It’s an apple disaster day for Pixie, a second grader at Rocky Point Elementary. However, a trip to her local library changes everything. When Pixie happens upon a mysterious green book, she discovers the fairy tales have come to life out of their books. But danger is lurking just around the corner. The usual librarian, Miss Rita Goode, is nowhere to be seen. And it doesn’t take long for Pixie to learn the man behind the counter is an imposter. He’s an evil Book Guardian trying to capture the fairy tale characters and rid their books forever.

But for a girl who loves reading, Pixie will do whatever it takes to save her new friends. Tick tock… time is running out! Can she get them safely back into their books before it’s too late? Or will the world of fairy tales come to an end?

This action-packed, nine-chapter, green illustrated story is perfect for early independent chapter readers. Pixie, our loveable hero will soon become your child’s favorite character.

Enjoy more fun at the end of the story: Words You May Not Know, Five Book Activities, & A Favorite Recipe of Pixie’s

One of the recent reviews for the book

Pixie is a unique little 2nd grader that likes to read and wear apples. It’s a bad day at school for poor Pixie. She races home so she can go to the library with her Mom (her favorite place). While she is there she sees a book that she hasn’t seen before, this book isn’t like any others. She soon meets Alice from Wonderland with that time crazed white rabbit and Cindi which is short for Cinderella. They quickly tell her that there is a book guardian and he is trying to get them stuck in this new green book so their stories are erased forever! Cindi and Alice decide to trust their fate to little Pixie, good thing she likes to read…but can she get them back to their books fast enough without getting herself caught by this mysterious book guardian?

I read this book with my twin 8 year old girls and they fully enjoyed it. They could relate to little Pixie and they loved the adventure she went on they can’t wait for the next book in the series. I enjoyed the book and having a book that I can read to them and watch the excitement on their face was awesome as a Mom. It was lively and cute and I myself can not wait for the next book in the series to continue this bonding time with the kids and see what happens to Pixie next. So from this family Coraline is getting 6 thumbs up!!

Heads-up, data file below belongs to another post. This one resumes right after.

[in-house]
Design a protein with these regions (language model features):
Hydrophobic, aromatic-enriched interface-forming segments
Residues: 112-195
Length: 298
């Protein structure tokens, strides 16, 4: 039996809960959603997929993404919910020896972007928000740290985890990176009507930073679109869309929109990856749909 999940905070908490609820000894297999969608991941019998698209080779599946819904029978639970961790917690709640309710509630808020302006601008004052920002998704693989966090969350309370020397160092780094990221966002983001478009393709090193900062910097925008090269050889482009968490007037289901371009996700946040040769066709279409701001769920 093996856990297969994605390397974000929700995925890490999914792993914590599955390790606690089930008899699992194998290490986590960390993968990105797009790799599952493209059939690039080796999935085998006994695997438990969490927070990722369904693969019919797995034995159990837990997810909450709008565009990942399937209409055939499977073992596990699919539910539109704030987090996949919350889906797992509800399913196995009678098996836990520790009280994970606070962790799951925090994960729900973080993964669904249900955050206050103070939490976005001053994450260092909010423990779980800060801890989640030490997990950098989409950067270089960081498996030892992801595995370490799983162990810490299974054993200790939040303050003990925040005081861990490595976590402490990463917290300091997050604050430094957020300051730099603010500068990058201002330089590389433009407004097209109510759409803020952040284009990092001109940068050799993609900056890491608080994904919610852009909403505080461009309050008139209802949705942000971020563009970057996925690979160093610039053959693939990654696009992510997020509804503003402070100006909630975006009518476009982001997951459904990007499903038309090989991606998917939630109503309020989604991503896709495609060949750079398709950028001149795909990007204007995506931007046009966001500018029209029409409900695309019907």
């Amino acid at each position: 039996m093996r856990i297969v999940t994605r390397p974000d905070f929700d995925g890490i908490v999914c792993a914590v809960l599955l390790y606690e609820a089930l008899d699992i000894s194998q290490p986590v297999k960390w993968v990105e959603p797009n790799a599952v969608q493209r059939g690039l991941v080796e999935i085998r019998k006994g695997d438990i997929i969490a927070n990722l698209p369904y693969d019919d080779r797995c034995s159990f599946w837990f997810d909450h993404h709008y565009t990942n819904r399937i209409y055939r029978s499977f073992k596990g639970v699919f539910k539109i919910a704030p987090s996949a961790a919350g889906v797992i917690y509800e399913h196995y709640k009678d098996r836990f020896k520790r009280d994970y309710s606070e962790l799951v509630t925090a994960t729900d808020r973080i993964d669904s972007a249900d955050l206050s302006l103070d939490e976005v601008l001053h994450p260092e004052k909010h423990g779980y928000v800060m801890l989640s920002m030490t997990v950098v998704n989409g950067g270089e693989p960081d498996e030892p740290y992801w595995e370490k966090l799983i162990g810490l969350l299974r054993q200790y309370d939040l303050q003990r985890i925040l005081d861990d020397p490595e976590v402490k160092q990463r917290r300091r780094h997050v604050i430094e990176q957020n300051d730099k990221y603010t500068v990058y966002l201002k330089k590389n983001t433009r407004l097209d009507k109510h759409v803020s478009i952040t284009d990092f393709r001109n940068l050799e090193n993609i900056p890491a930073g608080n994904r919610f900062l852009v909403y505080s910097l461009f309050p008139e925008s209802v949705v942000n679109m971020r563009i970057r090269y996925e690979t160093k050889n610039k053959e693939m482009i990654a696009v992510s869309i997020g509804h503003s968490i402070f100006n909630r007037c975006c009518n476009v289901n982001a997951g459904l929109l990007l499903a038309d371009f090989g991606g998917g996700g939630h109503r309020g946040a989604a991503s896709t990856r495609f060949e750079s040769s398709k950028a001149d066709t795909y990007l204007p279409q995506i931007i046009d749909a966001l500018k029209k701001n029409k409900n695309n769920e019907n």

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Also by Coraline Grace (also writing as Caroline Grace and Robinson)

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Thank you for dropping in today and I hope you are leaving with some books under your arm.. thanks Sally

MarySmith’sPlace – Travels in Afghanistan (3)

Another riveting episode of Mary Smith’s journey from Pakistan into Afghanistan on a bus, hidden beneath a stifling hot burqa and deprived of food, water and cigarette… oh and did I mention the fighting going on around them…thankfully Mary is made of sterner stuff but I personally would not trade places with her for all the tea in China.. what a warrior… Please head over to read the entire post.

Mary Smith's Place


A cheer from the passengers roused me from my reverie. Five hours after leaving Chirman we were finally stopping at a roadside chaikhana (tea house). Moh’dullah found us a secluded spot under a mulberry tree where we could drink our tea undisturbed, even allowing me to stretch my vocal chords a little although a cigarette was still out of the question. Apparently, so, too, was blowing my dust-clogged nose. As I raised a paper tissue Hussain hissed, ‘Not here, not in public! You must never blow your nose in public in Afghanistan.’ I sniffed and turned to watch what our fellow travellers were up to.

In a small, shallow stream running in front of the chaikhana, groups of men washed, preparing to pray. Women, their minds on more earthly concerns, washed their children, or rinsed out soiled baby clothes which they spread to dry on flat stones and branches…